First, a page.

Research by residual value expert CAP has revealed the seismic effects of new car price changes and upheaval in the used car market on the running costs of typical fleet cars.
Ten years ago a Ford Sierra 1.8 LX would retain 36% of its value over three years and 60,000 miles, or £3,425, but today, a Ford Mondeo 1.8 LX retains just 22% of its value at £3,375 over the same period.
The same is true of the Vauxhall Astra, which in 1.4 LX guise retained 36% of its value, or £3,200, 10 years ago, but an equivalent 1.4 LS today would keep £3,275 or 25% of the vehicle's value.
A Nissan Micra 1.0 GS 10 years ago retained 37% of its value at £2,500, while the equivalent model today keeps 27% or £2,425.
The main force of change has been an increase in the new price of cars, while used values have remained relatively level. There are winners, however, with the BMW 320i SE valued at £6,000/36% at the benchmark three year/60,000 miles a decade ago, while today, an equivalent 318i SE would cost £9,600/47%.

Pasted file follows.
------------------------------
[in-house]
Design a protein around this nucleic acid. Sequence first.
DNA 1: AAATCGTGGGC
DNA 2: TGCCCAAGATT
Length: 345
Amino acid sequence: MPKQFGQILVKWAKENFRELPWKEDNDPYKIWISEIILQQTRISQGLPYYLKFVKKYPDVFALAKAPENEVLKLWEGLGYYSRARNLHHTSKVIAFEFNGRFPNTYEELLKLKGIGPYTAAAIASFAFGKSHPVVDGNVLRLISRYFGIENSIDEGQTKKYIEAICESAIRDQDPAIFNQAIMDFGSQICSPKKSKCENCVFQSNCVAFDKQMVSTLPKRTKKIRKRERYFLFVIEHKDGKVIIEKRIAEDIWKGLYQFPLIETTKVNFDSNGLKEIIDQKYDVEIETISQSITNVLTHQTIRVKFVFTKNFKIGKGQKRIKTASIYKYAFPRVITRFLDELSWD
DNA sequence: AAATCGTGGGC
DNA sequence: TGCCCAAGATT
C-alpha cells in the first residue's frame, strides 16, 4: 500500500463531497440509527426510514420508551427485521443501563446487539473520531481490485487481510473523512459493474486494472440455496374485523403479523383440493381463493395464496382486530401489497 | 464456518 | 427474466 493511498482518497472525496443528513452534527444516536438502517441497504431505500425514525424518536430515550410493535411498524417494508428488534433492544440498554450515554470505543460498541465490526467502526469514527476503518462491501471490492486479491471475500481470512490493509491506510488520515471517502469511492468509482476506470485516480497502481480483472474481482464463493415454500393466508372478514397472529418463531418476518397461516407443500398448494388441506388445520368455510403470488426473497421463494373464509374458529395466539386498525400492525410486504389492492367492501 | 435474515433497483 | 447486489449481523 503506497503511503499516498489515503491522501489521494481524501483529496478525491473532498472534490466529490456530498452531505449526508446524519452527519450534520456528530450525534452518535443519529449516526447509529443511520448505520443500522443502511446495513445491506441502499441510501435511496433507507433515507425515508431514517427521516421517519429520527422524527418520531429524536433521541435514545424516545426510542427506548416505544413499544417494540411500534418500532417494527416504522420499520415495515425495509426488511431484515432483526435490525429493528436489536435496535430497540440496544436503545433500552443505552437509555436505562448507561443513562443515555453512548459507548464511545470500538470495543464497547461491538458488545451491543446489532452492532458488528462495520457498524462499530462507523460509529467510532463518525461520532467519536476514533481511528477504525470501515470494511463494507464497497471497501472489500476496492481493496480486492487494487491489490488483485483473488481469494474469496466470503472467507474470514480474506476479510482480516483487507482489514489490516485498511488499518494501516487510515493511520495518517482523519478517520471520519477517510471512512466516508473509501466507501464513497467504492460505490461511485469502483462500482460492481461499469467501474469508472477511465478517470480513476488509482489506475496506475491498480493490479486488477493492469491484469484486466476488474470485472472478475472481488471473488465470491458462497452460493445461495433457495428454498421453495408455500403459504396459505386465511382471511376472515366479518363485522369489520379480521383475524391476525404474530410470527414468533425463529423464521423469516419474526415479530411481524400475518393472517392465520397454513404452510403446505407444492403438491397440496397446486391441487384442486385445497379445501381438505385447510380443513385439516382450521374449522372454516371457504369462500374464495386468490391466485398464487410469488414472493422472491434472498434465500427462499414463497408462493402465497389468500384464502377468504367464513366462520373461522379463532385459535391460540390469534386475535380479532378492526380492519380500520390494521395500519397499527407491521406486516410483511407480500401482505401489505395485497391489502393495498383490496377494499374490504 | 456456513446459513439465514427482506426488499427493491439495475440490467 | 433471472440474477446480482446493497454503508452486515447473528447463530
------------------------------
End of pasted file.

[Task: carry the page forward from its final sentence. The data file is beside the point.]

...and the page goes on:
Mark Cowling, publishing director of CAP, speaking at the 10th annual conference of the Institute of Car Fleet Management, said the changing market required a skilled approach to get the best value from disposal stock.
He said: 'Fleet decision-makers need to be aware when buying cars that eventually they have to go to used car buyers. There needs to be a better balance of cars coming to the used car market. See what people are talking about and ask yourself whether you would drive some of the cars your staff are ordering.'
Key strategies would include creating choice lists for drivers with the used car market in mind. This would include matching specification levels to meet expectations of used car buyers and taking advantage of seasonal demand pattern in the market.
Cowling added: 'Decision-makers have to understand the requirements of used car buyers as much as fleet drivers and then choose their disposal routes carefully.'